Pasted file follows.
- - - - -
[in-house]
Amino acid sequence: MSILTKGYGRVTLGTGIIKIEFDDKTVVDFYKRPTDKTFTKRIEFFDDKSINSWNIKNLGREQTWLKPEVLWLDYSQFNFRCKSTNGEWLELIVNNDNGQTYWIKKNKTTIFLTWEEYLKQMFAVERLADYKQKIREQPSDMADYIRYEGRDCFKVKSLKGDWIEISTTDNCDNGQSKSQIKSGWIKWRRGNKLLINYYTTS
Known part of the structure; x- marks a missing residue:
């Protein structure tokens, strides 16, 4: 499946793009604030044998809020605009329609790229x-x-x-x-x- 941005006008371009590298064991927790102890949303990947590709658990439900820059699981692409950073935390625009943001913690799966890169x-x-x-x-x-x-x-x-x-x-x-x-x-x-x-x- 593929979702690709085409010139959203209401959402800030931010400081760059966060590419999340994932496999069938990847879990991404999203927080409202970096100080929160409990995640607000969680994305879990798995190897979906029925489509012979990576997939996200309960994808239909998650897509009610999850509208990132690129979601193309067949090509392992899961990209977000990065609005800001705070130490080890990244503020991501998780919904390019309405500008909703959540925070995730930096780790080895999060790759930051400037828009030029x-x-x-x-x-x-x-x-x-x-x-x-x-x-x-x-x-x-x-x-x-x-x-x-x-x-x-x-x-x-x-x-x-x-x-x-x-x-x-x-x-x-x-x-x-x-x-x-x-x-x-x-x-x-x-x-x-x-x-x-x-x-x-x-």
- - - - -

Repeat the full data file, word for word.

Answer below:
[in-house]
Amino acid sequence: MSILTKGYGRVTLGTGIIKIEFDDKTVVDFYKRPTDKTFTKRIEFFDDKSINSWNIKNLGREQTWLKPEVLWLDYSQFNFRCKSTNGEWLELIVNNDNGQTYWIKKNKTTIFLTWEEYLKQMFAVERLADYKQKIREQPSDMADYIRYEGRDCFKVKSLKGDWIEISTTDNCDNGQSKSQIKSGWIKWRRGNKLLINYYTTS
Known part of the structure; x- marks a missing residue:
């Protein structure tokens, strides 16, 4: 499946793009604030044998809020605009329609790229x-x-x-x-x- 941005006008371009590298064991927790102890949303990947590709658990439900820059699981692409950073935390625009943001913690799966890169x-x-x-x-x-x-x-x-x-x-x-x-x-x-x-x- 593929979702690709085409010139959203209401959402800030931010400081760059966060590419999340994932496999069938990847879990991404999203927080409202970096100080929160409990995640607000969680994305879990798995190897979906029925489509012979990576997939996200309960994808239909998650897509009610999850509208990132690129979601193309067949090509392992899961990209977000990065609005800001705070130490080890990244503020991501998780919904390019309405500008909703959540925070995730930096780790080895999060790759930051400037828009030029x-x-x-x-x-x-x-x-x-x-x-x-x-x-x-x-x-x-x-x-x-x-x-x-x-x-x-x-x-x-x-x-x-x-x-x-x-x-x-x-x-x-x-x-x-x-x-x-x-x-x-x-x-x-x-x-x-x-x-x-x-x-x-x-």